Killibrium – Interview with Keshav Kumar

Date: April 15, 2018
Interview by: Peter “Trendcrusher” K
Photo by Tushar Dhanawade

The Indian metal scene has grown by leaps in the past decade. The latest entrants are Mumbai based death metal act Killibrium. The band have made their mark with their first album Purge, released last month. The album is a potent mix of brutal and technical death metal.

I spoke to guitarist Keshav Kumar about the origins of the band, their debut release and their future plans.

You have been working on your debut album Purge for a couple of years. How does it feel now that it has been released?

Thanks for asking this question Peter! I feel a mix of emotions to be honest. Sad, because it was a really great experience to write (and scrap) songs. The first album generally has a lot of excitement in it because we don’t really know whether the response would be good or bad, so this keeps everyone on their toes and we’re more perceptive as a unit. I’m also really excited that the album is out and now the band will get to work on new material with a fresh perspective and approach.

You were a part of Devoid and other members are a part of Cosmic Infusion and Hoffman Code. How did you get together to form the band?

The band came together around 2015 when I met Nitin Rajan (Primitiv) on Facebook, and we both wanted to make music that would talk about real world issues. Nitin described our style of music as ‘controlled aggression’. In other words, we wanted to work on stuff that would make you want to break walls, but still retain your balance. We then came across Mihir Bhende (Cosmic Infusion) through his video cover of Backbone by Gojira and were extremely impressed with his extreme style of drumming that included intense blasts and relentless use of the kick drum. The three of us started jamming and felt things clicking almost instantly. A final addition to the line-up was Suvajit Chakraborty (a.k.a. Bunty, The Hoffman Code) who was more inclined towards technical death metal and the we felt that his style would add a lot of dynamics to the sound.

With the line-up complete, we were ready to start putting ourselves out as a band that’s ready to kick some ass. We released our first single titled ‘Mental Illusion’ in August 2015 via Transcending Obscurity and received a lot of positive reviews for our style of writing which motivated us to go ahead and continue making music in the style that we love.

The new addition to the line-up is vocalist Afaque Azad. How did he join the band?

Afaque is an old friend. We knew for a fact that his style of vocals fits like a cog in the mix and we would be able to compliment his aggressive delivery with our music. His addition to the band has only made our music more intense and exciting for us. We are in the process to releasing some live videos from our last gig at Hard Rock Café where this intensity was experienced first-hand by many attendees. We hope to put these videos out soon.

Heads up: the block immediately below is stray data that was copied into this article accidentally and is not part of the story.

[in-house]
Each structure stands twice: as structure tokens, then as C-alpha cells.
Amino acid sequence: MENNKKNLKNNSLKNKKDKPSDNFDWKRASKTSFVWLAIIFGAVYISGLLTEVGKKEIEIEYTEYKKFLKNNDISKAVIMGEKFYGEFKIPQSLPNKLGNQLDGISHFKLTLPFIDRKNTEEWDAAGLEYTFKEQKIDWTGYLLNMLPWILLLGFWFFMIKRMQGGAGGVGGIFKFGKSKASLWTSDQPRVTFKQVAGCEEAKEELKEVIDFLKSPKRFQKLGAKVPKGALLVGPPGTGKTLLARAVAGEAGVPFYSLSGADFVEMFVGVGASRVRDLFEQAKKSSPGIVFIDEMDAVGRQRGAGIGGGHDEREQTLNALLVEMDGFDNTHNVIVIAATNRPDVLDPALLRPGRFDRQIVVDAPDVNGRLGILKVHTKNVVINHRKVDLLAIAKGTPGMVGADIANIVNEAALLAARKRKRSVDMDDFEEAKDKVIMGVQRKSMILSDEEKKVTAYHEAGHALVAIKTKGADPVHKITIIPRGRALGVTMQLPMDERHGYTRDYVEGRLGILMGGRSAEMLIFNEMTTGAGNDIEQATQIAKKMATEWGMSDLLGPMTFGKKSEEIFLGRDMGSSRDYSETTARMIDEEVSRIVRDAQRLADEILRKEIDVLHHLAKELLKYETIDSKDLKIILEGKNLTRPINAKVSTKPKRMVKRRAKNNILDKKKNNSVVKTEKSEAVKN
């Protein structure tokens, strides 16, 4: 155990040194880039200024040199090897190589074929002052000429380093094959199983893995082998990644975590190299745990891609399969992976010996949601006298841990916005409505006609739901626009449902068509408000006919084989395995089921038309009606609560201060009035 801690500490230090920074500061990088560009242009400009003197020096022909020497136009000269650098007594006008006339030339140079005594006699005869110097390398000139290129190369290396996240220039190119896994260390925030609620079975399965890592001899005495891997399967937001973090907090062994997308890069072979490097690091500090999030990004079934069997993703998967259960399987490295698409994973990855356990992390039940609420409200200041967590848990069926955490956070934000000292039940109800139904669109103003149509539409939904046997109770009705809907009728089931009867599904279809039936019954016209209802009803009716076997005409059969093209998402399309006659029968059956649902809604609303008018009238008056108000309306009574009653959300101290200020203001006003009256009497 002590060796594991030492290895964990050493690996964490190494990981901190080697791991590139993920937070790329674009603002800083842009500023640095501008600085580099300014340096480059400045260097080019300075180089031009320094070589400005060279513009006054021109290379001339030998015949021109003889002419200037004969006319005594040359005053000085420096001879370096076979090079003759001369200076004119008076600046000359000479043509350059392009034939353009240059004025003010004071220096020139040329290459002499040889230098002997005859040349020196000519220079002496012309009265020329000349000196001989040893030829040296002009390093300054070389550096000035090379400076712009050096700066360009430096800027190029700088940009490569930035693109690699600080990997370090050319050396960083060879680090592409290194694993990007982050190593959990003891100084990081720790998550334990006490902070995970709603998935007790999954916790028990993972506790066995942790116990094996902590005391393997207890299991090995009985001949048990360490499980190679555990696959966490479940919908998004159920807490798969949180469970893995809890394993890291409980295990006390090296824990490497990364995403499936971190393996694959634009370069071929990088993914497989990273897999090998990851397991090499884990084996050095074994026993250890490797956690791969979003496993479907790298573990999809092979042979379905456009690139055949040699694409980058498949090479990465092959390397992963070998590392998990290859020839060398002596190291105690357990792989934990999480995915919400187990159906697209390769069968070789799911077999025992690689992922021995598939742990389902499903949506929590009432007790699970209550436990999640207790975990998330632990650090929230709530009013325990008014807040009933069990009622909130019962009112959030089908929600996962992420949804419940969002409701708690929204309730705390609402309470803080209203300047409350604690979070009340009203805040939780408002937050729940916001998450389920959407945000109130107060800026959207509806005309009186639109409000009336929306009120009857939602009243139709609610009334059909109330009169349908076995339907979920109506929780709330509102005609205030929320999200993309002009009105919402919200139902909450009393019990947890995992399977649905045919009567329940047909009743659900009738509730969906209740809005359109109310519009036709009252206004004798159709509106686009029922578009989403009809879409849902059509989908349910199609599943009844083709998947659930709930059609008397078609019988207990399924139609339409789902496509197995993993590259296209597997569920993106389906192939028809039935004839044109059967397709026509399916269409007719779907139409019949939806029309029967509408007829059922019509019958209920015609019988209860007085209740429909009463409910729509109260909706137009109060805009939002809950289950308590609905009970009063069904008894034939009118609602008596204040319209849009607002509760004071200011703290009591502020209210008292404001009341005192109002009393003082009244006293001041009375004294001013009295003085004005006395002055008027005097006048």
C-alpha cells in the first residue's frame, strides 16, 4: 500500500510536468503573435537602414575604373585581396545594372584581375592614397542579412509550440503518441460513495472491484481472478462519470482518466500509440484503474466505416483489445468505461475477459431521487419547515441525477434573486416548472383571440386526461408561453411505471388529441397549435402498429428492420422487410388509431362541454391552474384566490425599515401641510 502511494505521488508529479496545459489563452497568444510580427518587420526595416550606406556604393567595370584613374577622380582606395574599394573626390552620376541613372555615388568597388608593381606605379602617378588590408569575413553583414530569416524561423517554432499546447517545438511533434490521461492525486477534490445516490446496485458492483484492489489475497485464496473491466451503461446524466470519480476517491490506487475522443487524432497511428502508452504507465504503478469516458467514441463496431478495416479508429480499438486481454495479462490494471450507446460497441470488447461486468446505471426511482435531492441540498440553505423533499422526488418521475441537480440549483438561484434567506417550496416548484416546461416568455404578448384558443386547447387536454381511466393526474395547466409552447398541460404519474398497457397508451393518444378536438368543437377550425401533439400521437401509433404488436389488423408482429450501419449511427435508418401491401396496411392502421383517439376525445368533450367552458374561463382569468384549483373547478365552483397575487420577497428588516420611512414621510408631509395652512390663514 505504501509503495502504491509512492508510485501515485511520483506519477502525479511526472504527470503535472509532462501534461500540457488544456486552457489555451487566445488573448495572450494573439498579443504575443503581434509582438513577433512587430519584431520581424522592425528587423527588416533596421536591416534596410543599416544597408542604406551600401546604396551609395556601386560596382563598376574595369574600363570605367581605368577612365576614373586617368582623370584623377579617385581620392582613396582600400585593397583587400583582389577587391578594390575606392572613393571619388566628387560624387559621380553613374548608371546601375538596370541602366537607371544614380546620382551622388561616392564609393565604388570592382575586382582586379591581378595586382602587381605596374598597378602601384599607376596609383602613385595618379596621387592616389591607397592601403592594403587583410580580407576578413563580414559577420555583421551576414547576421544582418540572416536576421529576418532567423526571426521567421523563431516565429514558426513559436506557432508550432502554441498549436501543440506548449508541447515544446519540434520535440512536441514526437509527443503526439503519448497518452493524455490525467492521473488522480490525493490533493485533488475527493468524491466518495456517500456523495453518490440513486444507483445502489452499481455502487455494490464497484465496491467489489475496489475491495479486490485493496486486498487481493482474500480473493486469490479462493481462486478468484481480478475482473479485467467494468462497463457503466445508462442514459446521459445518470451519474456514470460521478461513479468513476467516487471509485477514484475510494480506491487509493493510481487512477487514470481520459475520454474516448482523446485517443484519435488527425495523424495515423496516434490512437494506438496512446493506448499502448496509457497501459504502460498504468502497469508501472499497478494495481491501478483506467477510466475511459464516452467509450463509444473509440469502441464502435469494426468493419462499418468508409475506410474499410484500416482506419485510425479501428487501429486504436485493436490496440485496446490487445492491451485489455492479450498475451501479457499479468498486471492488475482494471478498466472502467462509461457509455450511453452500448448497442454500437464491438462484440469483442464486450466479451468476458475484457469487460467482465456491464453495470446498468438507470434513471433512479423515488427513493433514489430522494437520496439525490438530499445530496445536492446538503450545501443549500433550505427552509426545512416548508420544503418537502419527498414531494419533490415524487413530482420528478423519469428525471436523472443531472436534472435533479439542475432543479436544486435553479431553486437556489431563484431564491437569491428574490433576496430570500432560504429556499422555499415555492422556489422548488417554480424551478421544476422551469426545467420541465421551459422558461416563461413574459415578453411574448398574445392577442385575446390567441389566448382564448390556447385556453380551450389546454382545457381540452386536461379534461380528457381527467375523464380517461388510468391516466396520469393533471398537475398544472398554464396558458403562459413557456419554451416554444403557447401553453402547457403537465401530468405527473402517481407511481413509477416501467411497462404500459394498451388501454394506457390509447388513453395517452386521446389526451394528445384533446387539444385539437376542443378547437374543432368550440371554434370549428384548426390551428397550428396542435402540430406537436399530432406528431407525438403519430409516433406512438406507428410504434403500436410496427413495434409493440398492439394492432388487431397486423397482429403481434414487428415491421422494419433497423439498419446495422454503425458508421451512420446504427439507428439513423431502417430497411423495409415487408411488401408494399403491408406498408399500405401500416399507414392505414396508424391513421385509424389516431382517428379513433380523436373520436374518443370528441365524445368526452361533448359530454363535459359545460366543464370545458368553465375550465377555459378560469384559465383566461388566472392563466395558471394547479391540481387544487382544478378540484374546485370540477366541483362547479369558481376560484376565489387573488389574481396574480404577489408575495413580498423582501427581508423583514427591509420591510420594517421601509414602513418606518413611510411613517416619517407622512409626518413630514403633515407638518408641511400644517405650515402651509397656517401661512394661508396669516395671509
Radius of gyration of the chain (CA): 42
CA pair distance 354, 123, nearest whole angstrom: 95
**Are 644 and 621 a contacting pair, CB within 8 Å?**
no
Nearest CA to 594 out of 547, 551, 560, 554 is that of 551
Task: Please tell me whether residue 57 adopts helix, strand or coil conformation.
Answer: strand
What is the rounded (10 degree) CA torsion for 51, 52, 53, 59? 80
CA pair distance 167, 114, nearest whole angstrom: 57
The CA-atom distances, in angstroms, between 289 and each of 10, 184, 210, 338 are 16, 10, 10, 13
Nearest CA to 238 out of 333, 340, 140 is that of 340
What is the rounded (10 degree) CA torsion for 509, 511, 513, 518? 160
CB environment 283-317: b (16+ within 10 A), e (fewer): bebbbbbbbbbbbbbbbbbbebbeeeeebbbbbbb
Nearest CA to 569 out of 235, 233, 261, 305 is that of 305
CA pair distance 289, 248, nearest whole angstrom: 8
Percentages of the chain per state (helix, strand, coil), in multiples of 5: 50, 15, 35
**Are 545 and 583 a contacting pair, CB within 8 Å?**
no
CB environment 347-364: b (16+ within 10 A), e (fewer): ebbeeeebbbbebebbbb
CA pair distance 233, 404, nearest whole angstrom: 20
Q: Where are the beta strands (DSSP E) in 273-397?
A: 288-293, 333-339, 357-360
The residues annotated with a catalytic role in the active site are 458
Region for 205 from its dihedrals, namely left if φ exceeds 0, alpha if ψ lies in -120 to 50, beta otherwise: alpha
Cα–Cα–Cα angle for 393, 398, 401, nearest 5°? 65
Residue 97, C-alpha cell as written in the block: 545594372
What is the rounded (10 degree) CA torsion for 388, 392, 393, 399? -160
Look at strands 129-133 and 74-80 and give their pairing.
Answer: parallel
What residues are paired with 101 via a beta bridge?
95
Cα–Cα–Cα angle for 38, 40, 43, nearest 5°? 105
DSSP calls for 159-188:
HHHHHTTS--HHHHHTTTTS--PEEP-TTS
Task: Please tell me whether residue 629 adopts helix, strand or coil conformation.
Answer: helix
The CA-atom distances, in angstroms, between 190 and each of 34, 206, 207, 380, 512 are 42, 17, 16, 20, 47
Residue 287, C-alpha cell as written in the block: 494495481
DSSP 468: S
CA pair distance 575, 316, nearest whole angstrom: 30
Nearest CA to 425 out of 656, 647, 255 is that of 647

Why did you decide to play death metal? What about the sub-genre appeals to you?

I think we just feel satisfied when we play this style of music. This type of music allows us to be really aggressive, technical and relentless. I could even compare it to a feeling one gets after a long day at the gym. That’s similar to how we feel after a jam.

Your debut release Purge is a crushing mix of technical and brutal death metal. Tell us a bit more about it.

We try and use a good mix of brutality, technicality clubbed with simple straightforward thinking. It’s a bit like life, you know. Looks straight and simple from the outside, but only the one experiencing it would recognize its moments. So like that, our music may sound simple at times, but it has its moments that capture brutality, aggression and technicality. As a band we like making our music very organic and not forced into a particular direction.

What was the writing process for the album? Do you write alone or jam on ideas together?

To be honest, different things work for different people and there is no standard recipe for successful song writing. We usually write parts at home and jam on them together to smoothen out the flow and structure. But this is not always by choice. We usually pay by the hour in jam rooms, so it becomes important to work things out individually to an extent and then try them out in the jam room. We would often give feedback to each other during practice, and everyone was usually very receptive of it. Differences always exist but if a unit is strong together then some compromises are also made. But all is done with the intention to make the band sound better.

What have you been listening to lately (metal and non-metal)? Are there any acts that have inspired you as of late?

Metal bands that I always listen to are Nile, Behemoth, Hate and Slayer on any given day. But I often listen to artists outside the metal gene. Two such artists that have inspired me a lot in terms of the general practice of songwriting are Ludovico Einaudi and Benjamin Clementine. They have completely reshaped the way I look at songwriting now.

Could you recommend any Indian bands that our readers should check out?

Atmosfear, Third Sovereign and Plague Throat.

What are your plans for the coming year? Do you have any shows planned?

The coming year will see some more interesting line-up changes and additions to the band, but we will be very selective of the shows we play. We are also exploring new music routes to keep things interesting. We realized that we would like to make our music more homegrown yet relevant for an international and local audience.

Thanks for answering all our questions. Do you have any final words?

Brave man rejoice; the last man standing is you!